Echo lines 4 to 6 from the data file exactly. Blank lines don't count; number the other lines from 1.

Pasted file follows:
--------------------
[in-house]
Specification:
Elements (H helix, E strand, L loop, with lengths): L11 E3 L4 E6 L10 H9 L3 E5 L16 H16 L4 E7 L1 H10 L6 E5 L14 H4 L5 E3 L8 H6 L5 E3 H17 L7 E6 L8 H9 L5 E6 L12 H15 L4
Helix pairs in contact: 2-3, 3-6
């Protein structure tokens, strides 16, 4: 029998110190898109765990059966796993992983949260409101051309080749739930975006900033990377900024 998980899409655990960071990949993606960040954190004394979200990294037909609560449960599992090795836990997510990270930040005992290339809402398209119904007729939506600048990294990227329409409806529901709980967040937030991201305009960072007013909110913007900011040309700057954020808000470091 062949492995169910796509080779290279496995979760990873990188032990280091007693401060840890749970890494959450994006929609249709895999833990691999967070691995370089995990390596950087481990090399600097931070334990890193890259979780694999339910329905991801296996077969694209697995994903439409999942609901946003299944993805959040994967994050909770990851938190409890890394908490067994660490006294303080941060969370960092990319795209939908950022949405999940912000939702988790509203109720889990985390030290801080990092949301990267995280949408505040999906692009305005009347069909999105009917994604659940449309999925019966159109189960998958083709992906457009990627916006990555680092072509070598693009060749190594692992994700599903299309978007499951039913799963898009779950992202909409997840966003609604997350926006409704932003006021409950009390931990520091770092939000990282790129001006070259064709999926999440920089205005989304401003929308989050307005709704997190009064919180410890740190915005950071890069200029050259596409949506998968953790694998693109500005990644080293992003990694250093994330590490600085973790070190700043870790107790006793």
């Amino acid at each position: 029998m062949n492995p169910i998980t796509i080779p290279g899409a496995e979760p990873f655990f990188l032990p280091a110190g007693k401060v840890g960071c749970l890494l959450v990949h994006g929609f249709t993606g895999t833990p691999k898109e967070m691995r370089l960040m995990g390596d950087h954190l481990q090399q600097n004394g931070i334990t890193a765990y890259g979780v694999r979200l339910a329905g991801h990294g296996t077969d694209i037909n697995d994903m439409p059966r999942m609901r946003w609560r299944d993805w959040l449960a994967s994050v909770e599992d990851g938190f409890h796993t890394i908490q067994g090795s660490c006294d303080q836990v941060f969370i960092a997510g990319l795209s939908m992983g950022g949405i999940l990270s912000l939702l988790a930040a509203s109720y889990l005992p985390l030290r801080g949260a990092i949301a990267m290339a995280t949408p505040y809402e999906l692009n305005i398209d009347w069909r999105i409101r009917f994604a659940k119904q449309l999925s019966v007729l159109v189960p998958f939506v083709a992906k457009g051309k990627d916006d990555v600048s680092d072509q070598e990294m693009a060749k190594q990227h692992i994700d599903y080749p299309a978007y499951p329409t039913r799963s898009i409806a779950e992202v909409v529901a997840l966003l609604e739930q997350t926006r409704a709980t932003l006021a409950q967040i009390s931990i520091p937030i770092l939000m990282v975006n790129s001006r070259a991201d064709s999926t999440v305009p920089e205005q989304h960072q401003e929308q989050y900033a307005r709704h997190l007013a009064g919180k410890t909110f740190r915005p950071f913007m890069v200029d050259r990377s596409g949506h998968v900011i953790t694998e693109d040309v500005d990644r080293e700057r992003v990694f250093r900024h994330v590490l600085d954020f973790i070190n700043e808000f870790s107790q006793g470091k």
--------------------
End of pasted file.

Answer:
Helix pairs in contact: 2-3, 3-6
């Protein structure tokens, strides 16, 4: 029998110190898109765990059966796993992983949260409101051309080749739930975006900033990377900024 998980899409655990960071990949993606960040954190004394979200990294037909609560449960599992090795836990997510990270930040005992290339809402398209119904007729939506600048990294990227329409409806529901709980967040937030991201305009960072007013909110913007900011040309700057954020808000470091 062949492995169910796509080779290279496995979760990873990188032990280091007693401060840890749970890494959450994006929609249709895999833990691999967070691995370089995990390596950087481990090399600097931070334990890193890259979780694999339910329905991801296996077969694209697995994903439409999942609901946003299944993805959040994967994050909770990851938190409890890394908490067994660490006294303080941060969370960092990319795209939908950022949405999940912000939702988790509203109720889990985390030290801080990092949301990267995280949408505040999906692009305005009347069909999105009917994604659940449309999925019966159109189960998958083709992906457009990627916006990555680092072509070598693009060749190594692992994700599903299309978007499951039913799963898009779950992202909409997840966003609604997350926006409704932003006021409950009390931990520091770092939000990282790129001006070259064709999926999440920089205005989304401003929308989050307005709704997190009064919180410890740190915005950071890069200029050259596409949506998968953790694998693109500005990644080293992003990694250093994330590490600085973790070190700043870790107790006793």
């Amino acid at each position: 029998m062949n492995p169910i998980t796509i080779p290279g899409a496995e979760p990873f655990f990188l032990p280091a110190g007693k401060v840890g960071c749970l890494l959450v990949h994006g929609f249709t993606g895999t833990p691999k898109e967070m691995r370089l960040m995990g390596d950087h954190l481990q090399q600097n004394g931070i334990t890193a765990y890259g979780v694999r979200l339910a329905g991801h990294g296996t077969d694209i037909n697995d994903m439409p059966r999942m609901r946003w609560r299944d993805w959040l449960a994967s994050v909770e599992d990851g938190f409890h796993t890394i908490q067994g090795s660490c006294d303080q836990v941060f969370i960092a997510g990319l795209s939908m992983g950022g949405i999940l990270s912000l939702l988790a930040a509203s109720y889990l005992p985390l030290r801080g949260a990092i949301a990267m290339a995280t949408p505040y809402e999906l692009n305005i398209d009347w069909r999105i409101r009917f994604a659940k119904q449309l999925s019966v007729l159109v189960p998958f939506v083709a992906k457009g051309k990627d916006d990555v600048s680092d072509q070598e990294m693009a060749k190594q990227h692992i994700d599903y080749p299309a978007y499951p329409t039913r799963s898009i409806a779950e992202v909409v529901a997840l966003l609604e739930q997350t926006r409704a709980t932003l006021a409950q967040i009390s931990i520091p937030i770092l939000m990282v975006n790129s001006r070259a991201d064709s999926t999440v305009p920089e205005q989304h960072q401003e929308q989050y900033a307005r709704h997190l007013a009064g919180k410890t909110f740190r915005p950071f913007m890069v200029d050259r990377s596409g949506h998968v900011i953790t694998e693109d040309v500005d990644r080293e700057r992003v990694f250093r900024h994330v590490l600085d954020f973790i070190n700043e808000f870790s107790q006793g470091k």